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Old cars had fully mechanical steering systems which required a lot of physical effort by the driver to steer. As technology progressed, mechanical systems improved and became easier to use, but, to some extent, they were still "directly" controlled by the user (the steering system is mechanically linked to the user).

Even newer cars have fully electronic controls with controllers and actuators (the steering system is no longer mechanically linked to the user). However, some people claim that this newer technology is slow, citing input lag.


My question: Even if there is input lag today, couldn't electronic controls be significantly* faster than mechanical controls in theory?

After all, the latency in a mechanical system is limited by the speed of sound, whereas in electronic controls, this latency is limited by the speed of light.

*not necessarily perceptibly

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In theory, the fastest way to transmit the signal is the fastest. In practice, that isn't always electrical.

One key requirement for electronic controls is that they need to encode the state of the control, send it out, process it, send out the resulting output, and then actuate the hardware. These steps are not instantaneous. In fact, they can be slow enough to matter.

This is similar to a known issue with live audio. There's a lot of desire to use digital communications within a venue to transmit sound. Instead of needing gigantic snakes you can get away with Ethernet cables. It sounds great. However, there's a catch. Each processing step chews up about a millisecond (mostly due to the need to marshal data on the wires). Once you get to a handful of milliseconds of delay, you actually start to get nasty interference issues which can prevent performers from singing properly! If the data was transmitted continuously, there would be no problem, but with virtually all digital buses, there's a need to pack the data up into packets to be more efficient.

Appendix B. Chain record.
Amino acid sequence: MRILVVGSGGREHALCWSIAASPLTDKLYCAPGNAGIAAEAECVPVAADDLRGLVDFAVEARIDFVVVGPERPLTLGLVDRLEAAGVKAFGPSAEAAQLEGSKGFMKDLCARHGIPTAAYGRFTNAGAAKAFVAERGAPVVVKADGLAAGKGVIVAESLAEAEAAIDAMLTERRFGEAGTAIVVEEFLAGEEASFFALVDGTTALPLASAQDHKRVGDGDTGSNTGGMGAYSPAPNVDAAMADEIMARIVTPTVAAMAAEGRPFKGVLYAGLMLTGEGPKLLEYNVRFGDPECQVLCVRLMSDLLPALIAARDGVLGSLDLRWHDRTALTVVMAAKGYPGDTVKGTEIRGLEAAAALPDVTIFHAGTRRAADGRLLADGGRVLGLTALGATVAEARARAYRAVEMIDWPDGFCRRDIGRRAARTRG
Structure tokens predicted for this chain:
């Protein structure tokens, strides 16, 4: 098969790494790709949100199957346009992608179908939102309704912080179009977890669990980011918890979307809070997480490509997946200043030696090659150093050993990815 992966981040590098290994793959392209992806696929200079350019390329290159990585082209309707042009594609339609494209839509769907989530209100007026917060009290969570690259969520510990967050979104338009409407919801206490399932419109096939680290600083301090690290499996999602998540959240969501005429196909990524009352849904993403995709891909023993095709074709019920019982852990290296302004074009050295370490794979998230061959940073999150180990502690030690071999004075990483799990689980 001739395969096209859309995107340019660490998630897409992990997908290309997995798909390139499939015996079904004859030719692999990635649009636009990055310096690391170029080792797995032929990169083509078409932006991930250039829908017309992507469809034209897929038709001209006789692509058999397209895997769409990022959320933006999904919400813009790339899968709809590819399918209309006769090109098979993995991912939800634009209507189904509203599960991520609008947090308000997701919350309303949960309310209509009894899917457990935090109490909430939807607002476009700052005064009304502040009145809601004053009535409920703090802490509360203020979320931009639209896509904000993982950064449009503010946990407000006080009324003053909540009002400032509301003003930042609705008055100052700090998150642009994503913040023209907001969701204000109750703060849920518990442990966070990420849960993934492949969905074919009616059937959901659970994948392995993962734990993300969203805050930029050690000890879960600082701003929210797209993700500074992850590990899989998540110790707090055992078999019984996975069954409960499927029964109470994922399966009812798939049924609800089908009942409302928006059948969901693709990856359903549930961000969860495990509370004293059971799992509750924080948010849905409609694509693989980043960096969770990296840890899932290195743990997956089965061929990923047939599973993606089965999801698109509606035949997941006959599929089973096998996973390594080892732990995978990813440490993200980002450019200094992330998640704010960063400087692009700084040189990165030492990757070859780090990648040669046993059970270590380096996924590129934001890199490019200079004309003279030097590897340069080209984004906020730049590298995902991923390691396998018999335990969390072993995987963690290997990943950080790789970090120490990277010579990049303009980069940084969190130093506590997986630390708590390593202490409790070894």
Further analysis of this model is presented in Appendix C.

That being said, the real issues are input latencies and haptic feedback. The computer can now brake far faster than you can. However, it's easy to find the electric systems to feel "sluggish" because they often don't provide the haptic feedback we're used to. A skilled driver can feel the condition of the road in how the road vibration is transmitted through the steering wheel. Take that away, and they only get the sluggish feedback of the car actually visibly turning. This can make the car feel slower to respond, even if the car is actually faster in respose!

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  • $\begingroup$ Did you intend the first sentence to be a tautology? If so, I don't understand what message you are intending to convey. $\endgroup$ May 7 '17 at 18:48
  • $\begingroup$ @sammy gerbil, The first part is a tautology, yes. The issues that make electrical communications not always the fastest are practical issues with show where the limits of the theory lie. $\endgroup$
    – Cort Ammon
    May 7 '17 at 19:51

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